VEs which are competing on basis of agility, must deal with rapidly opening and closing windows of opportunity for products and services. In agile competition, a company may use VEs not because it could make a product, that it could not do alone, but because it could not make it fast enough to exploit the high-opportunity window. Goldman further suggests that first half of an opportunity window, is far more profitable than second half of an opportunity window, hence it is unlikely that any firm that missed the first half of the window could capture even a majority of the profits in the second half of the window. Therefore time-to-market is a major maximization objective for VEs, as well as minimizing and sharing costs and risks. These objectives can be only enabled by superefficient and agile process structures. Many scholars and industry experts advocate Information and Communication Technologies (ICTs) and networked world via information highways, are the key enabler of reaching these objectives.

Key Terms in this Chapter

Agents: An Agents used in Computer Science and Artificial Intelligence fields is a software abstraction, a concept similar to Object Oriented Programming such as methods, functions, and objects. An agent defines a complex software entity that is capable of acting with a degree of autonomy in order to accomplish complex tasks.

Multi Agent System: A multi-agent system (MAS) is a system composed of multiple interacting intelligent agents. Multi-agent systems can be used to solve problems which are difficult or impossible for an individual agent or monolithic system to resolve. Examples of research problems which multi-agent systems are used, can be given as online trading, complex supply chain optimization, and modeling of large socio-technical structures.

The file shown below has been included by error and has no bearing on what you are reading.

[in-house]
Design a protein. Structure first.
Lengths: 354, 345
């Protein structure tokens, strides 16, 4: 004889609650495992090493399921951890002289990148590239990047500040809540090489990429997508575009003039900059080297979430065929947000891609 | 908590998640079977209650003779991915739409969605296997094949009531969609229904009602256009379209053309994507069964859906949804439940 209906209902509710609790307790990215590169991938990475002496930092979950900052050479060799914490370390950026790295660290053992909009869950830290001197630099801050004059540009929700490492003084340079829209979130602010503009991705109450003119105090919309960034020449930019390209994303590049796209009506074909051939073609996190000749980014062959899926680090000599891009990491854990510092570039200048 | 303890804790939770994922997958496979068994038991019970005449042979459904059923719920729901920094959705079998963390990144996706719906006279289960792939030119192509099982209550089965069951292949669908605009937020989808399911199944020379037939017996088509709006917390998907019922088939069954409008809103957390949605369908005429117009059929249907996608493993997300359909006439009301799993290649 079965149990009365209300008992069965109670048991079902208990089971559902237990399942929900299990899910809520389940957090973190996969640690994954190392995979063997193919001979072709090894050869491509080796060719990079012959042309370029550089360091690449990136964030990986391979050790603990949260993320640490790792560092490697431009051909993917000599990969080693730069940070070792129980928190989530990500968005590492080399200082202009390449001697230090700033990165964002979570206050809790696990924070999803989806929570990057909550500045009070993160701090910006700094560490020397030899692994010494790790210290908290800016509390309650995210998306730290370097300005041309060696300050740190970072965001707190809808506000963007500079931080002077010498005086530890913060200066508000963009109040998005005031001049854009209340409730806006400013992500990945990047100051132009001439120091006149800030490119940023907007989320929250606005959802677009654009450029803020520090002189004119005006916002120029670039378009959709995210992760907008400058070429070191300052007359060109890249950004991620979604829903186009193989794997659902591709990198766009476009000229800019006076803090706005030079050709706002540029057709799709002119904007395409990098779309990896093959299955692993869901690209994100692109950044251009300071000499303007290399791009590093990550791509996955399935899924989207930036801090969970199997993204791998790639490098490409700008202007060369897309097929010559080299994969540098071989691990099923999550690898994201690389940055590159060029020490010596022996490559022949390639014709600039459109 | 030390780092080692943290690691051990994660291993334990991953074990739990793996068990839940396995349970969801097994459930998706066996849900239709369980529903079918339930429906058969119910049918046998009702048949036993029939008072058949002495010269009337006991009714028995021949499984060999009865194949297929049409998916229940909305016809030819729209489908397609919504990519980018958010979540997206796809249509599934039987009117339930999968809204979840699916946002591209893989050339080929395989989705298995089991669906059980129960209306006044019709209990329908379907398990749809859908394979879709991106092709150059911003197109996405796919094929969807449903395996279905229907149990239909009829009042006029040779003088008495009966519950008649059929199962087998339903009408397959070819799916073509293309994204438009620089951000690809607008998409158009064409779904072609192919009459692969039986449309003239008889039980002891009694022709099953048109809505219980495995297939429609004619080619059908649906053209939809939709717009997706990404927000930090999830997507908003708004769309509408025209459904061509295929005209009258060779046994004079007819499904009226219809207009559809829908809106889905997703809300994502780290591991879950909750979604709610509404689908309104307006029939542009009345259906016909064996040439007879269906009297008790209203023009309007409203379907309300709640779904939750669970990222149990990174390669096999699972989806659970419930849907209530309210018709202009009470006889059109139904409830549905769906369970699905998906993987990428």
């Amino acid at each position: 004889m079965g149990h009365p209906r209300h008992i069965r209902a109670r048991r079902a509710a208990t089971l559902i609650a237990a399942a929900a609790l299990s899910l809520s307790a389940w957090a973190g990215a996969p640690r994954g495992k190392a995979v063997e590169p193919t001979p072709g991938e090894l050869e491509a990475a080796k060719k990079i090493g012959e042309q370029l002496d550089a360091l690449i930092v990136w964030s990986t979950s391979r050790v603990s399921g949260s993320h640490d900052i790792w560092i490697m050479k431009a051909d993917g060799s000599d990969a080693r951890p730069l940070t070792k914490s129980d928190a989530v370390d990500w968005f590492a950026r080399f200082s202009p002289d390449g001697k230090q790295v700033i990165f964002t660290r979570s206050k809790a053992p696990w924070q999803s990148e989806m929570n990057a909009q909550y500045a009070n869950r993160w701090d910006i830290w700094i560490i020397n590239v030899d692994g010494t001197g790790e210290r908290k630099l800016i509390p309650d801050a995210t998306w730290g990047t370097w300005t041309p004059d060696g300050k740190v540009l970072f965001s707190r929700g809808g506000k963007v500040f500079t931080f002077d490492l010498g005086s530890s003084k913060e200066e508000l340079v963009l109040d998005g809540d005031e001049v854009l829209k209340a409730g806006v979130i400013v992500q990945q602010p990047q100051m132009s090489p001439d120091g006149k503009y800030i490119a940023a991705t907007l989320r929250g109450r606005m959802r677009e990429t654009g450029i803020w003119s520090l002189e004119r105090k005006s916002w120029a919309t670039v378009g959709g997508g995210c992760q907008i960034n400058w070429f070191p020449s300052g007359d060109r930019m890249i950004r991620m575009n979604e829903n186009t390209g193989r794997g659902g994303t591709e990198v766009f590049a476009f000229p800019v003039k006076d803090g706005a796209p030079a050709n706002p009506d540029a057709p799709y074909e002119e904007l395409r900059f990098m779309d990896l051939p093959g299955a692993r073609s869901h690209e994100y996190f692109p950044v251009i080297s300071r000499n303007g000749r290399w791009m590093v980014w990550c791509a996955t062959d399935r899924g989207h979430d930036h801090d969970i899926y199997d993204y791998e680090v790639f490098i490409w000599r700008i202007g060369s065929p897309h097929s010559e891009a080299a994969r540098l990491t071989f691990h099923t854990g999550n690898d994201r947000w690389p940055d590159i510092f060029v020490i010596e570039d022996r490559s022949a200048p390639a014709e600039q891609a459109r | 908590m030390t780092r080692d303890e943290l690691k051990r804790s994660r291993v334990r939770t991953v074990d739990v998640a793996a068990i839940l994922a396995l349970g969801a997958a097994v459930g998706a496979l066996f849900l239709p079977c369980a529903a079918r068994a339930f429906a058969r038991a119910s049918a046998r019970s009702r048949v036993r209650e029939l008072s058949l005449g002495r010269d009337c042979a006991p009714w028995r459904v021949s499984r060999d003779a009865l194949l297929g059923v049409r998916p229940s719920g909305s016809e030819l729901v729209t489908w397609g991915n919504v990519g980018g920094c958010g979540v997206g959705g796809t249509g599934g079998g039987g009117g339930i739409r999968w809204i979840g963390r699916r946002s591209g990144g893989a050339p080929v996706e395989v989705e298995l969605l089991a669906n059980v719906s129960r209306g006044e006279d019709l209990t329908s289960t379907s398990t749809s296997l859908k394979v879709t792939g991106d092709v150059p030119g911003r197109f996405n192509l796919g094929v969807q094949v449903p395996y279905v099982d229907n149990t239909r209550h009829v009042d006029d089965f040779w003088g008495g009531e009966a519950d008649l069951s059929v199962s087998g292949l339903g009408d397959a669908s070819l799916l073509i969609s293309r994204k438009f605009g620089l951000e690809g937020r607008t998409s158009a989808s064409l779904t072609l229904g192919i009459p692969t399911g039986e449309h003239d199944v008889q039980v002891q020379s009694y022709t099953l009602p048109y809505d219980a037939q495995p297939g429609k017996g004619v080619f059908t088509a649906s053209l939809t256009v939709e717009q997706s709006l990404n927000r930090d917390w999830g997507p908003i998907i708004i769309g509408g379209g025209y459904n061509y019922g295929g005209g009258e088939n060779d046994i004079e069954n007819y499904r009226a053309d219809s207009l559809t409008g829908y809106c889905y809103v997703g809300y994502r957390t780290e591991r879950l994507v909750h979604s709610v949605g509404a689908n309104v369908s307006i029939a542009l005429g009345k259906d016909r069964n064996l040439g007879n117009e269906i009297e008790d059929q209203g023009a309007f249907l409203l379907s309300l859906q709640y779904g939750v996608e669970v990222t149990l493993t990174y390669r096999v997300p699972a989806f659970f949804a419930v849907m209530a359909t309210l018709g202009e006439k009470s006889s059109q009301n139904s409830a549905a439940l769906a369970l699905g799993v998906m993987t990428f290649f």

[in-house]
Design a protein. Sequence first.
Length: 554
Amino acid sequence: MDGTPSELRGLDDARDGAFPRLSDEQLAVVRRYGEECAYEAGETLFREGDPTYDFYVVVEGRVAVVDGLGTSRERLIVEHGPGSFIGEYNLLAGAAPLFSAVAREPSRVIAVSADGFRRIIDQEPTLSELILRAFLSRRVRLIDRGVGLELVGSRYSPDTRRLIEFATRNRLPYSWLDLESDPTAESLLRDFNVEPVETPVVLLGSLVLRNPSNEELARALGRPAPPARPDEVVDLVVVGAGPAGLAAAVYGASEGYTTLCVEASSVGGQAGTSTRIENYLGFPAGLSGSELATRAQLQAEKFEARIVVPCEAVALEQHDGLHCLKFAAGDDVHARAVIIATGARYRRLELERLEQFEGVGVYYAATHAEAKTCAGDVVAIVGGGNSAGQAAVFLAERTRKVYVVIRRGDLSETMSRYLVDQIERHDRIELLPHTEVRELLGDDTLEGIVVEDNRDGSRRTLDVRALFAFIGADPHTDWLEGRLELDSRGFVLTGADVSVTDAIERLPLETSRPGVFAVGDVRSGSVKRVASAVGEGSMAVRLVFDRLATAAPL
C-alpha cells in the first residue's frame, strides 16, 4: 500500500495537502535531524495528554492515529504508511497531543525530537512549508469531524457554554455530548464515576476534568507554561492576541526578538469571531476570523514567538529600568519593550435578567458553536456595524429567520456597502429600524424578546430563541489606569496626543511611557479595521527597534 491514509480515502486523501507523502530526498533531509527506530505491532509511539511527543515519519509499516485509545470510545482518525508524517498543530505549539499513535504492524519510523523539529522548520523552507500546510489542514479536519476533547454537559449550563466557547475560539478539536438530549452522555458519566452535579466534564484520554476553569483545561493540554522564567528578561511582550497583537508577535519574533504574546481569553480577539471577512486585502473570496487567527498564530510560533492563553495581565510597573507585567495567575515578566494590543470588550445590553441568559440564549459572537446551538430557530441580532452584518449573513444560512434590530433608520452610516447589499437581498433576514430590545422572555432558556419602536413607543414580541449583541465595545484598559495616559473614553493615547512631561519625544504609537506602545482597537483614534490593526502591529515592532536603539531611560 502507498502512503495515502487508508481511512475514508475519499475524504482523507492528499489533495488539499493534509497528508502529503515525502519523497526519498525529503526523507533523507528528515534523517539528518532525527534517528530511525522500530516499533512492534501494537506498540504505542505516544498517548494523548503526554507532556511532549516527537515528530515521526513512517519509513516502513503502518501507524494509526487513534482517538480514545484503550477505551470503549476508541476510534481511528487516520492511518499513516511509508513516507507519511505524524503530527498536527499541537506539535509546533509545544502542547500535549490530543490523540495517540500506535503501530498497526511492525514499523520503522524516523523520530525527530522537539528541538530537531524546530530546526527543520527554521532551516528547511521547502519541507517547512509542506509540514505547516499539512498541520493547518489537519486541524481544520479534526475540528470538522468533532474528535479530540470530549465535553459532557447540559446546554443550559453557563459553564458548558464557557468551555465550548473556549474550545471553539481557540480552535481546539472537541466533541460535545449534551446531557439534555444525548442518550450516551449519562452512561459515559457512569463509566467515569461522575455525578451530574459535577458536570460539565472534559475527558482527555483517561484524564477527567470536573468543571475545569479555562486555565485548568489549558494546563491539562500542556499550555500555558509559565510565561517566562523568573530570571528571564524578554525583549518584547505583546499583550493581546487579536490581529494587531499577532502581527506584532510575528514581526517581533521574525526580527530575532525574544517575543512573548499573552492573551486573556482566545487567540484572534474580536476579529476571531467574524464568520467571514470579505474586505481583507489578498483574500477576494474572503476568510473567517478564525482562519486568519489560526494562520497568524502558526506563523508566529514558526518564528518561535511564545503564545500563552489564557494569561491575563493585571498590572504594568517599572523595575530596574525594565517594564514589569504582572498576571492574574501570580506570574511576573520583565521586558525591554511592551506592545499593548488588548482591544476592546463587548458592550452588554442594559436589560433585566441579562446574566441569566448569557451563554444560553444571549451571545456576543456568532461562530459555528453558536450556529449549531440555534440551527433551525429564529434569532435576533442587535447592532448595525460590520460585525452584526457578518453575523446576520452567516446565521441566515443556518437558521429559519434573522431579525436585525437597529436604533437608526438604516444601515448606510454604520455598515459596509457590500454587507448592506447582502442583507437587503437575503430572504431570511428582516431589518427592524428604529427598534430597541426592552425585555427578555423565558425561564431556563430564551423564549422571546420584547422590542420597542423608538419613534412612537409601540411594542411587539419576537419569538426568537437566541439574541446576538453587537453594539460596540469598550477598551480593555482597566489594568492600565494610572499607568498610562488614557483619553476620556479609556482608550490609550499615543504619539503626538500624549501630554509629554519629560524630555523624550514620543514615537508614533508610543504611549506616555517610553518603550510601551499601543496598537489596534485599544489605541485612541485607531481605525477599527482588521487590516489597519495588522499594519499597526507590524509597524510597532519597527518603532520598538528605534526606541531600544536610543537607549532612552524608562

Virtual Enterprise: A Virtual Enterprise (VE) is a temporary alliance of enterprises that come together to share skills or core competencies and resources in order to better respond to business opportunities, and whose cooperation is supported by Internet and Communication Technologies.

Agile Manufacturing: Agile manufacturing is a manufacturing philosophy that aims to meet the demands of customers by adopting flexible manufacturing practices. It focuses on meeting the demands of customers without sacrificing quality or incurring added costs. Based on the idea of the virtual organization, agile manufacturing aims to develop flexible, often short-term, relationships with suppliers, as market opportunities arise.

Supply Chain: A supply chain is a system of organizations, people, technology, activities, information and resources involved in producing and moving a product or service from supplier to customer. Supply chain activities transform natural resources, raw materials and components into a finished product that is delivered to the end customer.

Engineer-to-order: Engineer-To-Order (ETO) is a manufacturing philosophy whereby finished goods are built to unique customer specifications. Assemblies and raw materials may be stocked but are not assembled into the finished good until a customer order is received and the part is designed. Engineer-To-Order products may require a unique set of item numbers, bills of material, and routings and are typically complex with long lead times.

RFID: Radio Frequency Identification (RFID) is technology for physically locating objects (i.e. product or merchandise) by use radio transmission between an emitters and responders. Responders (also called as Tags) are attached to objects that load the signal with identification information and send backs to emitters located in vicinity area.